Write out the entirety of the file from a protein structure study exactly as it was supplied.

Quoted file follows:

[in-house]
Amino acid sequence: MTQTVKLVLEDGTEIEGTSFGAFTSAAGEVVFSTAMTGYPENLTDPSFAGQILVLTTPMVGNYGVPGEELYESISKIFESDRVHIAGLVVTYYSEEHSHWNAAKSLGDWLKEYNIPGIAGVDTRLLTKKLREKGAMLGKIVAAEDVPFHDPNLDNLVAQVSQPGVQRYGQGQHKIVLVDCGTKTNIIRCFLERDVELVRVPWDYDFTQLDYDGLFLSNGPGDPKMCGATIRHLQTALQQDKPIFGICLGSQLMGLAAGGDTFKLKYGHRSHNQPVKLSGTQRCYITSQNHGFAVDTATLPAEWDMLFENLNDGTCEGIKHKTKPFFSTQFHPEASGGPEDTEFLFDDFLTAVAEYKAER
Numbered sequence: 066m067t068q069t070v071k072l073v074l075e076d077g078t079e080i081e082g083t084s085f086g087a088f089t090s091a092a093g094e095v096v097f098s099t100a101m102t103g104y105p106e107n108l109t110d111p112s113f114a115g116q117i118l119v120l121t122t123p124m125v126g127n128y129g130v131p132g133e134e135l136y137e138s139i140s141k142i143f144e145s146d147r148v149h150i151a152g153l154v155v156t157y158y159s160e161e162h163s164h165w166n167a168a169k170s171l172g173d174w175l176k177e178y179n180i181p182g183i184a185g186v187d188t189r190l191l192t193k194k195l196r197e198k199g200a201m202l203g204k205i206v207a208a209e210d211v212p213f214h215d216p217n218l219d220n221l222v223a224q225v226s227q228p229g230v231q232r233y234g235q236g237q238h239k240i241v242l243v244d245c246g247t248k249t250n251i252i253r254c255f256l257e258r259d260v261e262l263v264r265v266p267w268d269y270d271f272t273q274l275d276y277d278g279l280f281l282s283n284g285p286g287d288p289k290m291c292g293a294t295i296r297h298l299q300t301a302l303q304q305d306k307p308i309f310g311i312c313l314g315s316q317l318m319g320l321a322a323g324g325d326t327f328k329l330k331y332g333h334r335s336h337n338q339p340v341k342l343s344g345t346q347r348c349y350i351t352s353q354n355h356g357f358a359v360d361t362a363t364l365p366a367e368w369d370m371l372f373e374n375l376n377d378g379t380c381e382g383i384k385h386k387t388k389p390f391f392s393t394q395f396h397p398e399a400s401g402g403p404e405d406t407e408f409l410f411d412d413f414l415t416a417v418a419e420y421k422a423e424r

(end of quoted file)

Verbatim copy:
[in-house]
Amino acid sequence: MTQTVKLVLEDGTEIEGTSFGAFTSAAGEVVFSTAMTGYPENLTDPSFAGQILVLTTPMVGNYGVPGEELYESISKIFESDRVHIAGLVVTYYSEEHSHWNAAKSLGDWLKEYNIPGIAGVDTRLLTKKLREKGAMLGKIVAAEDVPFHDPNLDNLVAQVSQPGVQRYGQGQHKIVLVDCGTKTNIIRCFLERDVELVRVPWDYDFTQLDYDGLFLSNGPGDPKMCGATIRHLQTALQQDKPIFGICLGSQLMGLAAGGDTFKLKYGHRSHNQPVKLSGTQRCYITSQNHGFAVDTATLPAEWDMLFENLNDGTCEGIKHKTKPFFSTQFHPEASGGPEDTEFLFDDFLTAVAEYKAER
Numbered sequence: 066m067t068q069t070v071k072l073v074l075e076d077g078t079e080i081e082g083t084s085f086g087a088f089t090s091a092a093g094e095v096v097f098s099t100a101m102t103g104y105p106e107n108l109t110d111p112s113f114a115g116q117i118l119v120l121t122t123p124m125v126g127n128y129g130v131p132g133e134e135l136y137e138s139i140s141k142i143f144e145s146d147r148v149h150i151a152g153l154v155v156t157y158y159s160e161e162h163s164h165w166n167a168a169k170s171l172g173d174w175l176k177e178y179n180i181p182g183i184a185g186v187d188t189r190l191l192t193k194k195l196r197e198k199g200a201m202l203g204k205i206v207a208a209e210d211v212p213f214h215d216p217n218l219d220n221l222v223a224q225v226s227q228p229g230v231q232r233y234g235q236g237q238h239k240i241v242l243v244d245c246g247t248k249t250n251i252i253r254c255f256l257e258r259d260v261e262l263v264r265v266p267w268d269y270d271f272t273q274l275d276y277d278g279l280f281l282s283n284g285p286g287d288p289k290m291c292g293a294t295i296r297h298l299q300t301a302l303q304q305d306k307p308i309f310g311i312c313l314g315s316q317l318m319g320l321a322a323g324g325d326t327f328k329l330k331y332g333h334r335s336h337n338q339p340v341k342l343s344g345t346q347r348c349y350i351t352s353q354n355h356g357f358a359v360d361t362a363t364l365p366a367e368w369d370m371l372f373e374n375l376n377d378g379t380c381e382g383i384k385h386k387t388k389p390f391f392s393t394q395f396h397p398e399a400s401g402g403p404e405d406t407e408f409l410f411d412d413f414l415t416a417v418a419e420y421k422a423e424r